Posts Tagged ‘Gerald du Maurier’

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Hilda Trevelyan and Pauline Chase in a revival of J.M. Barrie’s fairy play, Peter Pan; or, The Boy Who Wouldn’t Grow Up, Duke of York’s Theatre, London, 16 December 1907

August 14, 2013

Hilda Trevelyan as Wendy and Pauline Chase as Peter in J.M. Barrie’s fairy play, Peter Pan; or, The Boy Who Wouldn’t Grow Up, revived at the Duke of York’s Theatre, London, 16 December 1907
(photo: Bassano, London, 1907)

‘The Christmas season in the playhouse has begun thus early, for the Duke of York’s has reopened for the fourth year in succession with Peter Pan, Miss Pauline Chase reappearing as Peter and Miss [Hilda] Trevelyan as Wendy. I know of no type of entertainment with the exception of the Savoy operas that has created such a cult as Peter Pan, and like those delightful entertainments it has introduced the playhouse in quarters where it was never heard of before. Peter Pan parties are likely to be the vogue of the day as they were last season, and there will probably be a new outburst of Peter Pan literature of various kinds.’
(J.M. Bulloch, The Sphere, London, Saturday, 21 December 1907, p.238a)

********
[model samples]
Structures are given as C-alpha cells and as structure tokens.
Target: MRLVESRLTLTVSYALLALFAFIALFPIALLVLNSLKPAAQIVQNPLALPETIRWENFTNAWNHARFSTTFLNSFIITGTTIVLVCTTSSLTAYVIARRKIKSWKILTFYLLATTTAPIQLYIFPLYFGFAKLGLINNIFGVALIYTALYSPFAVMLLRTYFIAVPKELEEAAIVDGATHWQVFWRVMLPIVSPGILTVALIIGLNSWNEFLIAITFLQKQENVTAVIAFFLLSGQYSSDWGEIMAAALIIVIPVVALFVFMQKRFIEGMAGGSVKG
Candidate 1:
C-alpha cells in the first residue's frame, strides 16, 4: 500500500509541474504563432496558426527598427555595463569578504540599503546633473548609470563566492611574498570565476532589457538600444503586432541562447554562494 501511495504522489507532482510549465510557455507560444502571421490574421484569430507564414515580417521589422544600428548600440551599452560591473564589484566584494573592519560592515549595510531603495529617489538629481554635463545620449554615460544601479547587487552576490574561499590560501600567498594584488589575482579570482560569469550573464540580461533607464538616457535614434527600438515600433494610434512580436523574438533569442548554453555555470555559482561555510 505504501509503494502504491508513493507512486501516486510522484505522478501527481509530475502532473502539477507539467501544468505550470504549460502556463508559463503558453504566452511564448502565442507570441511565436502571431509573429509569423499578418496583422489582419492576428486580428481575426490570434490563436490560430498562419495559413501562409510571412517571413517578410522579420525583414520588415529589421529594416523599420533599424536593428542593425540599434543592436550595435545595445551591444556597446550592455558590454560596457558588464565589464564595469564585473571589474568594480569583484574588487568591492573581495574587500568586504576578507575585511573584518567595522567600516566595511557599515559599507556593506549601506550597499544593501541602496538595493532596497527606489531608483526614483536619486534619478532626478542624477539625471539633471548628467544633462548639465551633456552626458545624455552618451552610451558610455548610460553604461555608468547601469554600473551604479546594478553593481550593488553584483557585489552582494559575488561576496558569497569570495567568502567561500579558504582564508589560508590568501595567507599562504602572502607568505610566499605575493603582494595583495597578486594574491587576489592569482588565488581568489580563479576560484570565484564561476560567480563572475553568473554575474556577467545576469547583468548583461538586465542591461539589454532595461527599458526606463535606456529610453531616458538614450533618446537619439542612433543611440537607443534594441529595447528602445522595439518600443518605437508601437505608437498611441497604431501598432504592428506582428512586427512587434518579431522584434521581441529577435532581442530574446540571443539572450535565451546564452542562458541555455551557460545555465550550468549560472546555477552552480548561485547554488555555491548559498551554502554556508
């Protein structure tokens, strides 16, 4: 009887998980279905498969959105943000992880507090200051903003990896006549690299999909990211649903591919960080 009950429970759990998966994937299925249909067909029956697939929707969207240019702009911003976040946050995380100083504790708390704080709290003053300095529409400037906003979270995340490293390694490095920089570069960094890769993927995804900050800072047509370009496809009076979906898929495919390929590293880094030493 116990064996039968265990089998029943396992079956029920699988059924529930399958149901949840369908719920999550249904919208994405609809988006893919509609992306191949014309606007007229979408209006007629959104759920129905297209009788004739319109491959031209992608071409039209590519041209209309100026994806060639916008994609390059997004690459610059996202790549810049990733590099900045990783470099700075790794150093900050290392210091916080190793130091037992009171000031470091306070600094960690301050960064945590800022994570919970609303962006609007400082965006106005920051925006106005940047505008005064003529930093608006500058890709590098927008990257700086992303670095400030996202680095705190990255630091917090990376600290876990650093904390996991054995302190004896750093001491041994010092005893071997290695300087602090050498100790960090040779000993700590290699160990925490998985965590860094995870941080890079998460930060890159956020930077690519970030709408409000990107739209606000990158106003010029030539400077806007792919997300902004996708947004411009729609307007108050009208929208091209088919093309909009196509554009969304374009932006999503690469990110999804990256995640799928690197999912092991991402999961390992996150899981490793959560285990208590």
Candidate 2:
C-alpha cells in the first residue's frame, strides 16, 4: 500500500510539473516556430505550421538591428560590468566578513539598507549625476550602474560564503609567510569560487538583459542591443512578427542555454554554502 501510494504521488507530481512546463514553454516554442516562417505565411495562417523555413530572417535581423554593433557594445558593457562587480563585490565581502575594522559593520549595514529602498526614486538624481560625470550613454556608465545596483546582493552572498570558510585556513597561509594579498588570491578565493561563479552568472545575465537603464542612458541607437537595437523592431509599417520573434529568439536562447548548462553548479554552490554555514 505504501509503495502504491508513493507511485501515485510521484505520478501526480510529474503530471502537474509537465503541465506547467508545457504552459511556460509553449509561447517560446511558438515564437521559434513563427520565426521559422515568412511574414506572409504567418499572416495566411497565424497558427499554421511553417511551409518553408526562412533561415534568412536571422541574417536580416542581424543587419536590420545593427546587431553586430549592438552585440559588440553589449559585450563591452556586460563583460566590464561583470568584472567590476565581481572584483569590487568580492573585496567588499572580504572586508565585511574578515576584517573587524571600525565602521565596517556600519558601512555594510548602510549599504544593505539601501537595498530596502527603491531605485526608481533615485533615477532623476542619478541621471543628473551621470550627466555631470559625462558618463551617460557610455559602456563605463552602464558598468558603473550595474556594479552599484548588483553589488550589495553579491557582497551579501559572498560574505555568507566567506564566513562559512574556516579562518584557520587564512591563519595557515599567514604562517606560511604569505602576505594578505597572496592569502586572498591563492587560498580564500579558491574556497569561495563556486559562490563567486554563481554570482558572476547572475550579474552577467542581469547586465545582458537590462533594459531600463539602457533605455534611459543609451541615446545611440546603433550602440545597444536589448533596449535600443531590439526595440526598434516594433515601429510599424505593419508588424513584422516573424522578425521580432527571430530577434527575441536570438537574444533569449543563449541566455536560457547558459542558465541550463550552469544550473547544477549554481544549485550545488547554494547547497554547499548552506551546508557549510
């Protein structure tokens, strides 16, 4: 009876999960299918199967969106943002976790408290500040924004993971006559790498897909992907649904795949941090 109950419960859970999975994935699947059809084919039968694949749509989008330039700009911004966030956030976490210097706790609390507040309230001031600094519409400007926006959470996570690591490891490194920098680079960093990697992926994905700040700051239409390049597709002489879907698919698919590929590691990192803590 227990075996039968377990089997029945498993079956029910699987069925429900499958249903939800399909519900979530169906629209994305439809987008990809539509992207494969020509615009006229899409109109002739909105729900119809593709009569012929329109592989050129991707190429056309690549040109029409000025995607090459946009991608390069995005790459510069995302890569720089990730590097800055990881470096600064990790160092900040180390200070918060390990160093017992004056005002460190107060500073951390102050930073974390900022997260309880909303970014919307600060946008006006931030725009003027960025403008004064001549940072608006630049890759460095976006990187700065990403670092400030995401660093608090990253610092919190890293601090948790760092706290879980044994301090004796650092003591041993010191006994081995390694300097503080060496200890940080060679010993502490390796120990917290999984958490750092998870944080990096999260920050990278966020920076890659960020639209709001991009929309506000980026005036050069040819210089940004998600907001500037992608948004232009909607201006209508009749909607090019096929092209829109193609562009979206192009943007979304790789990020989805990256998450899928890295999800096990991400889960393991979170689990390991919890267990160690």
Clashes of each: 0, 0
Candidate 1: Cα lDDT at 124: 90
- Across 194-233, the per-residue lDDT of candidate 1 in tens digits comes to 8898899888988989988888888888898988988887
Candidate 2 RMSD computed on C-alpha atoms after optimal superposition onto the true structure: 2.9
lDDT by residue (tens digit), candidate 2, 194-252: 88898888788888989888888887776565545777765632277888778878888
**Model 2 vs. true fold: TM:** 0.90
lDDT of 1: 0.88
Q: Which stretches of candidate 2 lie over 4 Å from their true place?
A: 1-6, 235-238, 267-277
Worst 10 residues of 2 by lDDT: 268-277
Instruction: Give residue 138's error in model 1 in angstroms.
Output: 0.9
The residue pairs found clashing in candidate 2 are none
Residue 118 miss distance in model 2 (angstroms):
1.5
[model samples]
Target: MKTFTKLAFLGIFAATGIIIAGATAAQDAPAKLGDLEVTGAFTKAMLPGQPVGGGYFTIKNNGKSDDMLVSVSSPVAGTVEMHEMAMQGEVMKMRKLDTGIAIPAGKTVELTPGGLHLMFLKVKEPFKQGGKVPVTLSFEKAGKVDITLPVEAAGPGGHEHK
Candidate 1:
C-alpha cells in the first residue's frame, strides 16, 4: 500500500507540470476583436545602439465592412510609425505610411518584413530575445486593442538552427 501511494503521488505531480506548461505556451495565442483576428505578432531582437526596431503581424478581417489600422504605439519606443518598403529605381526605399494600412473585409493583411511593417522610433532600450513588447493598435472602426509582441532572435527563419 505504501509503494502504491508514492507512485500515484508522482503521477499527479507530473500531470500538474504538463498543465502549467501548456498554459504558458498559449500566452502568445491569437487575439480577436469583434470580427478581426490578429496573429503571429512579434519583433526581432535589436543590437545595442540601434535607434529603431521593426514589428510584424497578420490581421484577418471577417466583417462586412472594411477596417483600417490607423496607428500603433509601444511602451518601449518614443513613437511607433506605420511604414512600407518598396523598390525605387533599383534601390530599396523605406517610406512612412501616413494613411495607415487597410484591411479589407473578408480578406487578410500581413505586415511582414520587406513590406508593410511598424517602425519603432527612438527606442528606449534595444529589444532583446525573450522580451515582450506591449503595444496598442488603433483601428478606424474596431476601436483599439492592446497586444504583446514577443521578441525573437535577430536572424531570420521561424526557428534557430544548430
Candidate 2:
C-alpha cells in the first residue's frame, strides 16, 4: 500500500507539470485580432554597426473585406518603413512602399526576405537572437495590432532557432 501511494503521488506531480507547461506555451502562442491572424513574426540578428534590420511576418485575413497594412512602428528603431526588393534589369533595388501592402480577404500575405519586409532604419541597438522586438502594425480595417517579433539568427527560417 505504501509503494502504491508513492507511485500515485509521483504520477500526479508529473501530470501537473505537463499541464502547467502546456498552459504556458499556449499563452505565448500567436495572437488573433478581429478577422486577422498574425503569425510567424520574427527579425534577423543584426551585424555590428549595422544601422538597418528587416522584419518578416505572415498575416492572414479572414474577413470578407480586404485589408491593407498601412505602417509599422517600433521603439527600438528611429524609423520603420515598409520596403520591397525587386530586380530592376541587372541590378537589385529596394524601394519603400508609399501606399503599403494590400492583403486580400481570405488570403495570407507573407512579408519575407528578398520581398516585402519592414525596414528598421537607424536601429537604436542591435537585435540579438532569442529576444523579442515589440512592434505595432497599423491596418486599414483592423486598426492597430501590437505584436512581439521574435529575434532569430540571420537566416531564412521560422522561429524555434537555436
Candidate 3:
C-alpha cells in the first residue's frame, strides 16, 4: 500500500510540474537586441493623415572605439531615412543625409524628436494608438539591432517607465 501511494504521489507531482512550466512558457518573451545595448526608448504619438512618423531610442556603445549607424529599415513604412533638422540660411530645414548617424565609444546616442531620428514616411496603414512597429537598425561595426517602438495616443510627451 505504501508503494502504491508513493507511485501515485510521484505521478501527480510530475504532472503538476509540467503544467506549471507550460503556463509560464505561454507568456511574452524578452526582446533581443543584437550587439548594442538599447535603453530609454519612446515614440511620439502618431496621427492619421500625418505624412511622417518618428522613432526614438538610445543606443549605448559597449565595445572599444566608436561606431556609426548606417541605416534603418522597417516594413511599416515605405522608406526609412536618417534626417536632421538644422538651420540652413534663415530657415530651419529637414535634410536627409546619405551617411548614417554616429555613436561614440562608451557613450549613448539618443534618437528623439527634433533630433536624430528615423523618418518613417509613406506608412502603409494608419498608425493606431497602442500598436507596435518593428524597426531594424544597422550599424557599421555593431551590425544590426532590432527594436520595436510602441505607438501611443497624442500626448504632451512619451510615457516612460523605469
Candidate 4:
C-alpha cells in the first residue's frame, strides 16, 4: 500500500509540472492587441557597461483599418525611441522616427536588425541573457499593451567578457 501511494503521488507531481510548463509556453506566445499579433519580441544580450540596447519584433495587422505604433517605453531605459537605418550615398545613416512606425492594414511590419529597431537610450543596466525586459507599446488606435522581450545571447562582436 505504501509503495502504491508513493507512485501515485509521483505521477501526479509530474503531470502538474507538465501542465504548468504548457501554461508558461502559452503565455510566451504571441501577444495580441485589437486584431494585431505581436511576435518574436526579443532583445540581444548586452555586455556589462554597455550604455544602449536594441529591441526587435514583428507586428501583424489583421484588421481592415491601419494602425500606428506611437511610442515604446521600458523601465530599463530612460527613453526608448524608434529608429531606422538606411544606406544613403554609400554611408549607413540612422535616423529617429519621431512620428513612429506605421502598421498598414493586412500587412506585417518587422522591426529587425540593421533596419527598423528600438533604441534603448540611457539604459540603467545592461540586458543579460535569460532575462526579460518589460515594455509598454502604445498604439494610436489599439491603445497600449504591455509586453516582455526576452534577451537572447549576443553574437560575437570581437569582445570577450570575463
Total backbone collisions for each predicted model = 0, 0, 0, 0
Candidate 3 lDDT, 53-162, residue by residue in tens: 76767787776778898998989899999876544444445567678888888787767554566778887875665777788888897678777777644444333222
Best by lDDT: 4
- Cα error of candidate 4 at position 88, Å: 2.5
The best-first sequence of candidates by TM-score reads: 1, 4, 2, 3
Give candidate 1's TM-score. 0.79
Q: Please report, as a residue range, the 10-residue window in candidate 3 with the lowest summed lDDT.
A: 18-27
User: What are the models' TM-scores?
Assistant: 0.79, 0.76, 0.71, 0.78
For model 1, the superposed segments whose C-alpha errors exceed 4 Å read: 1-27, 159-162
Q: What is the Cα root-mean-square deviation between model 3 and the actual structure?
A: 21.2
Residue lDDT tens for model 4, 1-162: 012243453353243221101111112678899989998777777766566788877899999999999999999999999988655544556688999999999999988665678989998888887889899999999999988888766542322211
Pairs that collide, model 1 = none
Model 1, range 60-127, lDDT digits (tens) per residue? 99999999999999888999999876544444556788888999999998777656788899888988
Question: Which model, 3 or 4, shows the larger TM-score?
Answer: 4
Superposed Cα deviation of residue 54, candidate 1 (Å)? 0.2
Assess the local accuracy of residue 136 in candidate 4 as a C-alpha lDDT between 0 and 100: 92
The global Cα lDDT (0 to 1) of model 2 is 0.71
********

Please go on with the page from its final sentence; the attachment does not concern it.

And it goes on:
‘The vogue of Peter Pan is really extraordinary. The first night it was produced on this its fourth-year season it was received with almost hysterical enthusiasm by a house which knew every line of the script and every turn of stage management. Every new “line,” every new bit of business, came as a delightful surprise, and the entertainment was sent off with a welcome as hearty as the cheers which have just made Tetrazzini a lion elsewhere.
‘The other theatre entertainments for children – Alice in Wonderland not excepted – have never attracted such a huge audience as Peter Pan. This is rather astonishing, for unlike Alice it has curiously grown-up elements in it which deserve the attention of some serious student of psychology although nobody has treated it in that light. Yet I believe it is just those elements – some of them like a sad, far-off voice – that attract grown-ups, and it is just these moments which Miss Pauline Chase with all her charm does not capture. Thus, for example, when standing on the rock amid the rising seas, she exclaims “To die would be a great adventure,” she says it as a child from a copybook not as one who feels it – as Melisande would have felt it.